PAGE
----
Few Americans — intelligentsia, politicians, pundits and historians included — understand the real story behind the violent break-up of the Former Yugoslavia. All they know is, “The Serbs Dunnit.”
So it’s all the more impressive when an artist, a celebrity, a rock legend has a deeper historical sense of the regional conflicts than the Western leaders who escalated the wars there.
Almost without meaning to, in a Rolling Stoneinterview published last week, Bob Dylan called out Croatia, underscoring the perversity of its being in the final stages of becoming the EU’s newest member.
Exposure is something Croatia isn’t used to. And so Dylan got a quick lesson in the consequences of calling out those Balkans belligerents who are accustomed to not being called out, settled comfortably as they are in the official, mainstream, ‘correct’ Balkans war script that they successfully sold to the entire world.
Rock legend Bob Dylan has been banned from Croatian radio after comparing Croats to Ku Klux Klan slave masters and Nazis during an interview with Rolling Stone magazine. The singer - talking about the roots of racism - had said black people could sense “Klan blood” and Jews could “sense Nazi blood” adding: “And the Serbs can sense Croatian blood.”
Now the country’s radio station - Radio Split - has removed Dylan’s new single ‘Duquesne Whistle’ from their hit of the week playlist, news website Index reports.
The legendary US singer and songwriter has ruffled feathers in Croatia by comparing Croats to American Whites and German Nazis in the course of a discourse on American politics.
Commenting on still tense relations between African Americans and Whites, Dylan said: “If you’ve got a slave master or the [Ku Klux] Klan in your blood, blacks can sense that … Just like Jews can sense Nazi blood and the Serbs can sense Croatian blood”.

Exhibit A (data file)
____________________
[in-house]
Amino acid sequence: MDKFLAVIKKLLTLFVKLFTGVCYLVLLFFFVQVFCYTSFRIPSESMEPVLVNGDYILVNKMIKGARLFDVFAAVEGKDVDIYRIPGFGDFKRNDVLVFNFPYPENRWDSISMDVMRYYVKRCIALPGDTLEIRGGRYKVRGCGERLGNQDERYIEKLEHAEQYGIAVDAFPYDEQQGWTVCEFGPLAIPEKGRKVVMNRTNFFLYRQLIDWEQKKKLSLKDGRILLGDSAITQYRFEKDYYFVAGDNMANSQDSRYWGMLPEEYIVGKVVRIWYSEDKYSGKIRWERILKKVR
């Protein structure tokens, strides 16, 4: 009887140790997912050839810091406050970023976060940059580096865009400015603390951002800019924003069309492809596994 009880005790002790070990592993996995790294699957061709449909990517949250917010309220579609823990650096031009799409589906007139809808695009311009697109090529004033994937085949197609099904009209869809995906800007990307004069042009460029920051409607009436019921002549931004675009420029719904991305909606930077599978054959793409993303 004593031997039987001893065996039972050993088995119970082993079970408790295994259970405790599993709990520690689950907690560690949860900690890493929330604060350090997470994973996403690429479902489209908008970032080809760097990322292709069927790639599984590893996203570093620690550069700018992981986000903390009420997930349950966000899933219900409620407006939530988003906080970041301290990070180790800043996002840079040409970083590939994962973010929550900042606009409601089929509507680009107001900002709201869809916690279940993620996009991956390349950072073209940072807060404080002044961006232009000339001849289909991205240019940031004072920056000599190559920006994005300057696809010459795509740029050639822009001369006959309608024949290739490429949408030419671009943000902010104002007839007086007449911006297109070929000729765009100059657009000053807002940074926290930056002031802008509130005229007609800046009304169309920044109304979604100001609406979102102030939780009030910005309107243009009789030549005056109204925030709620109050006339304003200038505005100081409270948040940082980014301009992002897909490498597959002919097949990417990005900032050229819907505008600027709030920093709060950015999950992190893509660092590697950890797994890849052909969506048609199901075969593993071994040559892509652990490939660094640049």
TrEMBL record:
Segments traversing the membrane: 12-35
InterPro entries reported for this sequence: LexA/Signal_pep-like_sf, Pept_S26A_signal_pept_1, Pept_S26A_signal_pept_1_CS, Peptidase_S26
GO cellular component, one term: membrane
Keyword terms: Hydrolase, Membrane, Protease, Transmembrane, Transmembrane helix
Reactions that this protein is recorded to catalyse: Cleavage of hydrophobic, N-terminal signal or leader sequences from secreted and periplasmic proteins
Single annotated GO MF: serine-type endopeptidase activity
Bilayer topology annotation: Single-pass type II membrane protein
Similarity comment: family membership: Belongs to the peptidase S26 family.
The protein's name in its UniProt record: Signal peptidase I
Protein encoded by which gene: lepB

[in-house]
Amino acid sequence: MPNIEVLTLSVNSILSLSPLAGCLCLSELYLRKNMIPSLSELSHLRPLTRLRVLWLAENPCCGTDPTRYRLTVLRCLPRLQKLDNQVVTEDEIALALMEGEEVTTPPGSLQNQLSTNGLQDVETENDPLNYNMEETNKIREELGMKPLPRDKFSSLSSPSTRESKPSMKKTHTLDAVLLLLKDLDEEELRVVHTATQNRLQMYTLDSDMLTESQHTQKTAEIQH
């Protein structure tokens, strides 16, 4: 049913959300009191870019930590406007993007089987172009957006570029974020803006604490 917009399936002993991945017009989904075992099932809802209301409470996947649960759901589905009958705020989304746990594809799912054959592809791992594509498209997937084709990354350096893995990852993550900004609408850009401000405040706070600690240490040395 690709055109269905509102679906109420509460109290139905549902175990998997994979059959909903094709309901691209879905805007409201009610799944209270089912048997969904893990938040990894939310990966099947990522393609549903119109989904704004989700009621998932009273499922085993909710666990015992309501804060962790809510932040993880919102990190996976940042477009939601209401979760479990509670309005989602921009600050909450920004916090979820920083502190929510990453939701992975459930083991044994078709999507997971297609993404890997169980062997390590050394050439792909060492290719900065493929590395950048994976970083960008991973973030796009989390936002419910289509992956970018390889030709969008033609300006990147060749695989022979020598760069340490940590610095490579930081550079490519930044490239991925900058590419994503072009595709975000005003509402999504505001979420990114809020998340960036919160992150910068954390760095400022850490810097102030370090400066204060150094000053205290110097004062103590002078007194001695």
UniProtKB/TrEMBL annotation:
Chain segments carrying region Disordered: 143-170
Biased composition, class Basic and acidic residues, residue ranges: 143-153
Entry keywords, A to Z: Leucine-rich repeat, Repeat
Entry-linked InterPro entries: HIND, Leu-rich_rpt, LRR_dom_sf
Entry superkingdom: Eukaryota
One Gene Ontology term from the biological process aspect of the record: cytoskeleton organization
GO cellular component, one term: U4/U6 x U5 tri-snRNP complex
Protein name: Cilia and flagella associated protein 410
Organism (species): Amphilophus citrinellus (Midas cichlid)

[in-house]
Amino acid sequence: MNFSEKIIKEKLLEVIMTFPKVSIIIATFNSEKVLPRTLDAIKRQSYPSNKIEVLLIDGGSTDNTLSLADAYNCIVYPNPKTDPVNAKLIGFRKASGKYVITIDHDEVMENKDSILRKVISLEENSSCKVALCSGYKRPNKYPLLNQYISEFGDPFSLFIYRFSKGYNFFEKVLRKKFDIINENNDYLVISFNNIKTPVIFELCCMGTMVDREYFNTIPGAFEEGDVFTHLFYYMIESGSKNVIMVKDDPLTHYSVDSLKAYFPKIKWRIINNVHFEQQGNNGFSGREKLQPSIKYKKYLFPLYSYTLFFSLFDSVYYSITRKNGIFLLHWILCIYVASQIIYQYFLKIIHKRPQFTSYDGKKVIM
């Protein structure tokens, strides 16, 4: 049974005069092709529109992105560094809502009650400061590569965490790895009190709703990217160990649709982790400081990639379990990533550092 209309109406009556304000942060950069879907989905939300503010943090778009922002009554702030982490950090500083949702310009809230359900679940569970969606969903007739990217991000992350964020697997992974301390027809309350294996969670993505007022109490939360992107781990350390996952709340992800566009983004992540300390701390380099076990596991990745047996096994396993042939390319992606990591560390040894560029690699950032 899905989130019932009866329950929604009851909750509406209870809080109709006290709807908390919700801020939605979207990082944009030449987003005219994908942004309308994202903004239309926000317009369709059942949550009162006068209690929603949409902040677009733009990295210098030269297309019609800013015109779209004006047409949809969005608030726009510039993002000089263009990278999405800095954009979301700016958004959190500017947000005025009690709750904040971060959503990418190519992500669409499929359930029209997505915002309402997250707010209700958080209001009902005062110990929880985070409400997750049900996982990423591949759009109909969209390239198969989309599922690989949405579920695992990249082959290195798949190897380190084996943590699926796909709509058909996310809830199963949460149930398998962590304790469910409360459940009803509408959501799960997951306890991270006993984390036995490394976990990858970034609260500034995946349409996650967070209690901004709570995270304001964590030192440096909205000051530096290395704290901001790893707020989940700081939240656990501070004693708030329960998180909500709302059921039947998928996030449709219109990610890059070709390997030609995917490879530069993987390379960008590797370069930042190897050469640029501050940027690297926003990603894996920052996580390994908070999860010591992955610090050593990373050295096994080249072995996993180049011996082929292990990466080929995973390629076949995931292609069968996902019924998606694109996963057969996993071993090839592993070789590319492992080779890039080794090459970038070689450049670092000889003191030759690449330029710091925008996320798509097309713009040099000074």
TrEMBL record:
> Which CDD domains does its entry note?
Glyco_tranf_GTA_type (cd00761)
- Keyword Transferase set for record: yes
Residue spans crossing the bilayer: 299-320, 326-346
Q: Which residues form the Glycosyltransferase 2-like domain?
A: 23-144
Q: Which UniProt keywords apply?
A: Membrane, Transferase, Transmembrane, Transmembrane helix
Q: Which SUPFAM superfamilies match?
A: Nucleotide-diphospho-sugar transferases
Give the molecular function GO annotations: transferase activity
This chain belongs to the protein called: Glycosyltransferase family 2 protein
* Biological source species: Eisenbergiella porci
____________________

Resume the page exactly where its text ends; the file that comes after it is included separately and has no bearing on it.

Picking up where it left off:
Dylan made the remarks in an interview with the music magazine Rolling Stone. Speaking on the occasion of the release of his 35th album “Tempest”, ahead of the November presidential elections, Dylan went on to describe America as a country formed on the backs of slaves.
“If slavery had been given up in a more peaceful way, America would be far ahead today,” he concluded.
The comment about Croats has caused numerous comments on websites that published the interview, prompting some to accuse the musician of not knowing much about history and politics in the Balkans.
By which they mean not knowing the version he was supposed to have bought along with the rest of the world.
Serbs have learned to sense Croatian blood for the sake of survival, but it was always the Croats who had the finest-tuned sniffer for Serb blood, looking for the slightest whiff of Serbness in someone who might otherwise pass for Croatian. Indeed, the justice system of this soon-to-be EU member is still based on it.
The Vatican will surely regret its timing of the following, once it hears from its ruffled Croatian flock — whose back the Vatican has had even through their WWII genocide of Serbs, Jews and Roma, and their 1990s revival of Nazism:
Bob Dylan — who will be hitting the stage of the Saddledome on Oct. 10 — has the blessing of the Vatican, with a reviewer from its official newspaper comparing the singer’s voice to “the finest pastry.”
ROME — The Vatican’s official newspaper has given a glowing review to Bob Dylan’s new album, in the latest attempt to broaden its appeal beyond the rarefied confines of the Holy See.
Listening to the tracks on Tempest was like “biting into a cake made from the finest pastry,” L’Osservatore Romano said.
The newspaper, which counts cardinals and clerics among its readers, devoted two articles to the album, which was released earlier this month. It added that Dylan’s voice remains “unmistakable”, despite the fact that his career spans nearly half a century and he turned 71 in May. […]
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